MUMBAI: When the Hindujas announced their intentions to set up their Headend in the sky (HITS) platform to service cable dark phase III and phase IV– years ago, the project’s head - cable TV veteran Tony D’Silva - was highly excited. HITS would allow the company – Grant Investrade Ltd (GIL) – to beam out the 800 or so Indian TV channels to homes in towns and villages where setting up new or upgrading to expensive digital head ends was not viable or feasible.
There were regulatory hurdles initially but the venture finally got off the ground last year much in advance of the DAS Phase III deadline of 31 December 2015. Tony went around marketing the project with great gusto, reaching out to cable ops in the hinterlands, got the Hindujas, the owners, to invest.
There was interest from cable operators in almost all the areas that the product was demonstrated. The project looked very much viable as it gave cable operators a steady source of income without having to invest much in hardware and just servicing their existing subscribers.
Then came the spate of cases in the courts of various states, and Phase III came to a grinding halt (it is now pending the decision from the Delhi high court which is expected in the next week). Analogue signals were not switched off in many parts of the country and Tony was in a bit of a fix. As are many other chieftains in MSOs like DEN and Hathway, which have reported very bloodied and battered results in Q1 2017.
And Tony is a troubled man. Not just for that reason. He says he expects the court to rule justly in favour of digitization of the cable TV sector. However, he is not clear how many more court cases will be filed to stymie Phase III and Phase IV.
Tony’s woes are mainly because he has been unable to strike viable content deals with some broadcasters.
“It’s very unfair,” he states. “Some of the major broadcasters are asking the digital package price from me, but they continue to be okay with analogue pricing from cable operators in the very same phase III areas. How will I be able to offer them a digital package price to them when they are getting the same channels at analogue rates? Why will cable operators accept my superior quality digital offering? Why will an MSO and LCO agree to pay for digital services when they are also paying for analogue- that is double the price. These are questions broadcasters need to understand.”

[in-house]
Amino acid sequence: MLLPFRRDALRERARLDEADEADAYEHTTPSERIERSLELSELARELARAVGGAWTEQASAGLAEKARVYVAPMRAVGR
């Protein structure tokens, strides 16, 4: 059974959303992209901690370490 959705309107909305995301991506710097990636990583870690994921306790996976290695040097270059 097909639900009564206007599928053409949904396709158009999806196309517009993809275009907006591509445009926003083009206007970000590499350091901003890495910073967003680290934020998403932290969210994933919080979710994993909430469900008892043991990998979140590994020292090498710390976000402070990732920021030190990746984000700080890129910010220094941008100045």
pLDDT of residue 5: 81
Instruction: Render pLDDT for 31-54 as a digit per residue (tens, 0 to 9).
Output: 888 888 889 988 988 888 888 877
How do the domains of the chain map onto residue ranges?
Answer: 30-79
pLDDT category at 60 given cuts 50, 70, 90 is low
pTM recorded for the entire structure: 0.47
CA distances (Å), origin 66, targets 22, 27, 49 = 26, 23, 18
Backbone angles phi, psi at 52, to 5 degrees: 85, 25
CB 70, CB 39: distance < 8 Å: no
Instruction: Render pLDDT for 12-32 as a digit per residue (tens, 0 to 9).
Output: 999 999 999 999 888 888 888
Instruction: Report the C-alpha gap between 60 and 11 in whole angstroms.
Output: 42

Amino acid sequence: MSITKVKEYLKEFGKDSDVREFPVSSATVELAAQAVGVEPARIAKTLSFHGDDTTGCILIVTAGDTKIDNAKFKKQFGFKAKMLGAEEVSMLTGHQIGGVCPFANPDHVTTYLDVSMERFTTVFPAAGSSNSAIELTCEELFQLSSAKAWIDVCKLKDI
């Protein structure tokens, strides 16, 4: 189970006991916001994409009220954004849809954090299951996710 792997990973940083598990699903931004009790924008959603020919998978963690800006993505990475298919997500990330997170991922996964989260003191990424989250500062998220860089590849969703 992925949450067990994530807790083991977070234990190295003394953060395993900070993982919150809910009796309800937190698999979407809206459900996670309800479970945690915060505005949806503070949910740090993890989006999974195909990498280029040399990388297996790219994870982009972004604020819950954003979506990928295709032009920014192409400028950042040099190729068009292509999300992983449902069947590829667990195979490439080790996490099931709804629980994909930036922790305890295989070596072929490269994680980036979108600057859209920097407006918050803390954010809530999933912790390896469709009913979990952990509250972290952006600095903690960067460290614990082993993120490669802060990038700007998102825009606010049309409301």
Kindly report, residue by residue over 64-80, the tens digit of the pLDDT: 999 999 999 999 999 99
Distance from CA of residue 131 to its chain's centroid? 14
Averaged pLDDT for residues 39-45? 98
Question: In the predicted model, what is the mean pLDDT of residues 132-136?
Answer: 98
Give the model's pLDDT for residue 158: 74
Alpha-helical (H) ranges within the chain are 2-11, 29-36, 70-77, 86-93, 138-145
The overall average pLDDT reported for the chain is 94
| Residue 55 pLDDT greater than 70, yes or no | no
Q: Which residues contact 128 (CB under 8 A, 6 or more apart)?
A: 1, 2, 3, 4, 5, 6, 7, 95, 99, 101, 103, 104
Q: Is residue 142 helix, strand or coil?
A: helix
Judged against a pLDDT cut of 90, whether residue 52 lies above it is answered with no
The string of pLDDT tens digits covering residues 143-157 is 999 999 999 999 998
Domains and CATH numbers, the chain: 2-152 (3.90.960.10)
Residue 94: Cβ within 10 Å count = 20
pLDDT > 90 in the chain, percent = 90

Another point that Tony would like to make is that broadcasters had refrained from charging any special digital rates in phase I and II areas until the cutoff dates. “We are a pure digital platform; but we are looking at serving in the now-analogue areas more,” he says.
Tony would like to make an appeal to broadcasters and the regulator to stop charging digital package rates from him and analogue package rates from cable ops. “We are the new kid on the block and we are really aiding the spread of cable TV digitization in very difficult to reach areas of the country. I would beseech the community to give us a fair content deal at analogue rates until the analogue switch off commences. We are very open to pay digital rates once digital is switched on.”
He goes on to point out that HITS is definitely going to help the pay TV broadcast sector get revenues in their coffers which are hitherto difficult-to-access as digitization gains in strength. “But allow us to run a feasible business first,” he says.
Hopefully, broadcasters and the regulators will see reason in his plea.
Meanwhile, the HITs platform is continuing with its game plan of merging GIL with IMCL – the hitherto cable TV MSO arm of the group. The company has informed the ministry of information & broadcasting about its merger intentions and has also approached the High court about the same.
Then, over the past year or so, IMCL or Incable, has shut down or exited or bought joint ventures MSO headends where they had very little control over the operations. “We are down to about two and a half million paying cable TV customers and most of them are on a wholesale pre-paid model, so we are doing fine there,” says Tony. “The next few months are going to be very crucial. I am hopeful of things getting better,” he adds with a note of optimism.